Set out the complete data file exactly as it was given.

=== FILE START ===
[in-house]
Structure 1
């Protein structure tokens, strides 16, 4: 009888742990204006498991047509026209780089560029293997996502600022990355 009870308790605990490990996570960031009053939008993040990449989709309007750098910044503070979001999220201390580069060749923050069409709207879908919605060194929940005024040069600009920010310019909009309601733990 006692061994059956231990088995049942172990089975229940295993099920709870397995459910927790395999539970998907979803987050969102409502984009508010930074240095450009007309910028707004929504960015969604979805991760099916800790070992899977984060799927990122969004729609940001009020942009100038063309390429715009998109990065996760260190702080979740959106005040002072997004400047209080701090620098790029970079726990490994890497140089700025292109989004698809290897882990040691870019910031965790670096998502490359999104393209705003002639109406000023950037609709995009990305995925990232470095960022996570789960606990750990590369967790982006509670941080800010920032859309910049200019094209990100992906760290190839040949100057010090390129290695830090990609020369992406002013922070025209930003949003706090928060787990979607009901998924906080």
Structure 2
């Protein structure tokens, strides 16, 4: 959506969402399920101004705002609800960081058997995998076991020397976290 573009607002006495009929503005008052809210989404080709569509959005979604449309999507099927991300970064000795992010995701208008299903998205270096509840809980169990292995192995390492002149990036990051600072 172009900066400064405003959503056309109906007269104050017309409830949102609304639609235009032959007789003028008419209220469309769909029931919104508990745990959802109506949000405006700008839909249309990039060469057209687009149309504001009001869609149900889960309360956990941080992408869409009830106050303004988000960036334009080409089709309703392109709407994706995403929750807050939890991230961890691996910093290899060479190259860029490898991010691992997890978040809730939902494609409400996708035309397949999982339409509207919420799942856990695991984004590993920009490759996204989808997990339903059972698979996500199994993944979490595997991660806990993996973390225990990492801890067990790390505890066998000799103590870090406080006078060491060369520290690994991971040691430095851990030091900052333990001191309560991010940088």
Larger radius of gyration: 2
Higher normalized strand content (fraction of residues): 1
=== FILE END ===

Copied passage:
[in-house]
Structure 1
């Protein structure tokens, strides 16, 4: 009888742990204006498991047509026209780089560029293997996502600022990355 009870308790605990490990996570960031009053939008993040990449989709309007750098910044503070979001999220201390580069060749923050069409709207879908919605060194929940005024040069600009920010310019909009309601733990 006692061994059956231990088995049942172990089975229940295993099920709870397995459910927790395999539970998907979803987050969102409502984009508010930074240095450009007309910028707004929504960015969604979805991760099916800790070992899977984060799927990122969004729609940001009020942009100038063309390429715009998109990065996760260190702080979740959106005040002072997004400047209080701090620098790029970079726990490994890497140089700025292109989004698809290897882990040691870019910031965790670096998502490359999104393209705003002639109406000023950037609709995009990305995925990232470095960022996570789960606990750990590369967790982006509670941080800010920032859309910049200019094209990100992906760290190839040949100057010090390129290695830090990609020369992406002013922070025209930003949003706090928060787990979607009901998924906080």
Structure 2
């Protein structure tokens, strides 16, 4: 959506969402399920101004705002609800960081058997995998076991020397976290 573009607002006495009929503005008052809210989404080709569509959005979604449309999507099927991300970064000795992010995701208008299903998205270096509840809980169990292995192995390492002149990036990051600072 172009900066400064405003959503056309109906007269104050017309409830949102609304639609235009032959007789003028008419209220469309769909029931919104508990745990959802109506949000405006700008839909249309990039060469057209687009149309504001009001869609149900889960309360956990941080992408869409009830106050303004988000960036334009080409089709309703392109709407994706995403929750807050939890991230961890691996910093290899060479190259860029490898991010691992997890978040809730939902494609409400996708035309397949999982339409509207919420799942856990695991984004590993920009490759996204989808997990339903059972698979996500199994993944979490595997991660806990993996973390225990990492801890067990790390505890066998000799103590870090406080006078060491060369520290690994991971040691430095851990030091900052333990001191309560991010940088």
Larger radius of gyration: 2
Higher normalized strand content (fraction of residues): 1